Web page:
<Home | Services | Blog | Price List | Canary | About | User Policy | Guides | FAQ | Contact>
<Account FAQ | Hosting | Service Management | Relays | Shell Accounts | ViewPVS | Virtual Private Servers>
|10:39:51 03/10/2020||XMPP issues with 404.city|
I cook a delicious onion stew, without any chilli peppers.
Connecting with a *NIX shell
This guide will tell you a few methods to connect using the the shell on your *NIX box. Things with TAILS and Whonix are more straightforward, and this guide does not cover those systems.
It assumes you are running Tor as a service and have installed it and that it is listening on port 9050.
Torsocks is a wrapper which you use to run software you intend to do networking through your Tor socks proxy. It is simple to use, just follow the torsocks command with what you want to wrap.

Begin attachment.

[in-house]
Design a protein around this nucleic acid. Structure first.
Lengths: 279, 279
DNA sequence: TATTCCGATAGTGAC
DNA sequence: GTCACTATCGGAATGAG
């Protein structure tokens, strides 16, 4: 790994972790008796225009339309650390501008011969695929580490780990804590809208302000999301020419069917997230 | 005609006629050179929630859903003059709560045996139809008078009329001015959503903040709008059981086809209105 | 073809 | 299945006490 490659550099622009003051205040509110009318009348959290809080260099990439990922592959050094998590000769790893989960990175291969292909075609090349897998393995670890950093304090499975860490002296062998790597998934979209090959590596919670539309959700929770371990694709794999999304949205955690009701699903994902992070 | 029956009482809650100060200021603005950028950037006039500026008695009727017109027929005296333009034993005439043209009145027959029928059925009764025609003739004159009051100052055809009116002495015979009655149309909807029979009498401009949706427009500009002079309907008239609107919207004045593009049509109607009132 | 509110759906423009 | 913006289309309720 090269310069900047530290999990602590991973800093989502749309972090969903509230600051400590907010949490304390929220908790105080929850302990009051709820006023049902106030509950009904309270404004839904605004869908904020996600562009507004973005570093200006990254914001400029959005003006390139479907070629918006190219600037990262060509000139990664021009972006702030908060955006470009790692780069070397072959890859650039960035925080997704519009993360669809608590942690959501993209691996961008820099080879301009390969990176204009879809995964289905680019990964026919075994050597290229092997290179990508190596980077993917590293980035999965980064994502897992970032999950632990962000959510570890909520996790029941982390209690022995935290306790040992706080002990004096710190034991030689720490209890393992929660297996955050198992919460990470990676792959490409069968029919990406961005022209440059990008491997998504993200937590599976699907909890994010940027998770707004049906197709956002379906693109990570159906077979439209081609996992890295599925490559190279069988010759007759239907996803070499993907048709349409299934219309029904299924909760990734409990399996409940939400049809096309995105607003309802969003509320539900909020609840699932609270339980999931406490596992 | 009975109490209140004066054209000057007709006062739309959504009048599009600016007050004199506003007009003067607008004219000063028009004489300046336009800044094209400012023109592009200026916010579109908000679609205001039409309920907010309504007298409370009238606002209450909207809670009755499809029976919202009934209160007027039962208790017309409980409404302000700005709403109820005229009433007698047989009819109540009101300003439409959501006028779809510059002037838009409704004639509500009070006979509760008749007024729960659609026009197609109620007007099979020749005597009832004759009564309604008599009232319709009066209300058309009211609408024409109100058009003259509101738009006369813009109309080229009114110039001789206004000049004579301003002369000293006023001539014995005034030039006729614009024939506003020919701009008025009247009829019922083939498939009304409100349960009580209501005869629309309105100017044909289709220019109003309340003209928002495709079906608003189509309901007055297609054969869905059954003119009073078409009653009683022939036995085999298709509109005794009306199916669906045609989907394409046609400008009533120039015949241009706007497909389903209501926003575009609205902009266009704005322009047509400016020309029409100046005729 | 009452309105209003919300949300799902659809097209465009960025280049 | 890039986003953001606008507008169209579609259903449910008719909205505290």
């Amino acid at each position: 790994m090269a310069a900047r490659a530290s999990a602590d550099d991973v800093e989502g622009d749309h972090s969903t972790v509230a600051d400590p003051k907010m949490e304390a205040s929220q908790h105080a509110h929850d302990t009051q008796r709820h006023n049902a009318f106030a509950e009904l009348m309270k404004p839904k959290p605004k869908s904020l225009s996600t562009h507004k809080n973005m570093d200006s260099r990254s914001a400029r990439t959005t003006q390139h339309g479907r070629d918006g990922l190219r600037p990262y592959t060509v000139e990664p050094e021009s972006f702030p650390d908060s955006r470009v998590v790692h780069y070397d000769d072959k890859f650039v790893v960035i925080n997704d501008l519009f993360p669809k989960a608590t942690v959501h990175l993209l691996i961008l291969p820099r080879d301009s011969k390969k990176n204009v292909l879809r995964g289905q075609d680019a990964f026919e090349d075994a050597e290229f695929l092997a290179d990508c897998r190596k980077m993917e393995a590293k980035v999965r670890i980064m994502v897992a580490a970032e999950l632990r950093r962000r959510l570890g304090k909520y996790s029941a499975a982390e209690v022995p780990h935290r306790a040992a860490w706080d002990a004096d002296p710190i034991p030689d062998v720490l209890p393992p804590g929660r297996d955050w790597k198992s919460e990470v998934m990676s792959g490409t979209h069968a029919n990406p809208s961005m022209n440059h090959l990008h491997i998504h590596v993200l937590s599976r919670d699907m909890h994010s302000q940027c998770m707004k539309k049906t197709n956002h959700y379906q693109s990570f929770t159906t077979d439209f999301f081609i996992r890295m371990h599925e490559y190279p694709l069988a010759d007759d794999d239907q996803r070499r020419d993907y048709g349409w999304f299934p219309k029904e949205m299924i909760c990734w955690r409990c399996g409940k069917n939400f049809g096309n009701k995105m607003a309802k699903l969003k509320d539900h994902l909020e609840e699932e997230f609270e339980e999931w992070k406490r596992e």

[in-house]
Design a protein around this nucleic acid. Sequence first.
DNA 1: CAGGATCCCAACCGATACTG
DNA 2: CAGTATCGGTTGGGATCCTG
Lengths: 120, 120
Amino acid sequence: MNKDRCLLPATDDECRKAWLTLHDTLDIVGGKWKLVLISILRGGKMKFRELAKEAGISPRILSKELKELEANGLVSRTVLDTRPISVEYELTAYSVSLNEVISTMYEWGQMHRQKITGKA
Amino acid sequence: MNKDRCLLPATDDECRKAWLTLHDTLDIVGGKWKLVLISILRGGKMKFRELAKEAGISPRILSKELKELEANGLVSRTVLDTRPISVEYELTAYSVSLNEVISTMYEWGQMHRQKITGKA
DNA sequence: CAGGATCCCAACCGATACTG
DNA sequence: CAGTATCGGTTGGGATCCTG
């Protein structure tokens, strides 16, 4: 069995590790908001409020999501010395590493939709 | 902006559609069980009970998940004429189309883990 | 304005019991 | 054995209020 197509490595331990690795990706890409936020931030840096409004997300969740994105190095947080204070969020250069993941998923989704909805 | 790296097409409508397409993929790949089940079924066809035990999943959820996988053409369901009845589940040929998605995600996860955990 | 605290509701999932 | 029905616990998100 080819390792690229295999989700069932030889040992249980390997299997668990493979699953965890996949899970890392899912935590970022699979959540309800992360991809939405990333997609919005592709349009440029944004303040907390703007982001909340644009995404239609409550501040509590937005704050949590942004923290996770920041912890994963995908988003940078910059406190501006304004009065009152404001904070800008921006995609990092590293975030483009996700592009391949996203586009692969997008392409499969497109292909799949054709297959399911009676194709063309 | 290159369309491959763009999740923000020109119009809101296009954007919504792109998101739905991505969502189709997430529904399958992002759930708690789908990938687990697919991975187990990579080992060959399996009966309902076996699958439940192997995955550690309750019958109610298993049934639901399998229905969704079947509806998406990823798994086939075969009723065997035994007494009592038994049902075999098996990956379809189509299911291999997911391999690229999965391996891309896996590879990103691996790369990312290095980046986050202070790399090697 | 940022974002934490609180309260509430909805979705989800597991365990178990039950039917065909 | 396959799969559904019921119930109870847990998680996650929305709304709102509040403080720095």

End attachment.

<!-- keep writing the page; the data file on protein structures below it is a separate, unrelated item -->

$ torsocks ssh email@example.com
This will connect you to KLOS with an SSH shell. A KLOS hosting account is a pretty good albeit restricted shell account.
You can use with other commands like rsync, sftp, scp, etc
This guide focuses on shell, but you can even torsocks a nice gui into existence.
$ torsocks dolphin
$ torsocks nautilus
You should understand torsocks now.
Assuming you've installed socat one way or the other, you can have it listen on a normal TCP port and forward things through Tor. If you are just using the browser bundle socat is your friend. The example below assumes the browser bundle SOCKS port.
$ socat TCP4-LISTEN:10050,fork,reuseaddr,bind=127.0.0.1 \ SOCKS4A:localhost:kaiwebbj7pdpxpoi.onion:22,socksport=9150
Then you just connect to the socat listener on port 10050...
$ ssh -p 10050 username@localhost
2020 Kaizu Shibata, server time 18:01:06 20/10/20 UTC
Powered by Kaizu's Picosite!, and nginx running on Gentoo Hardened.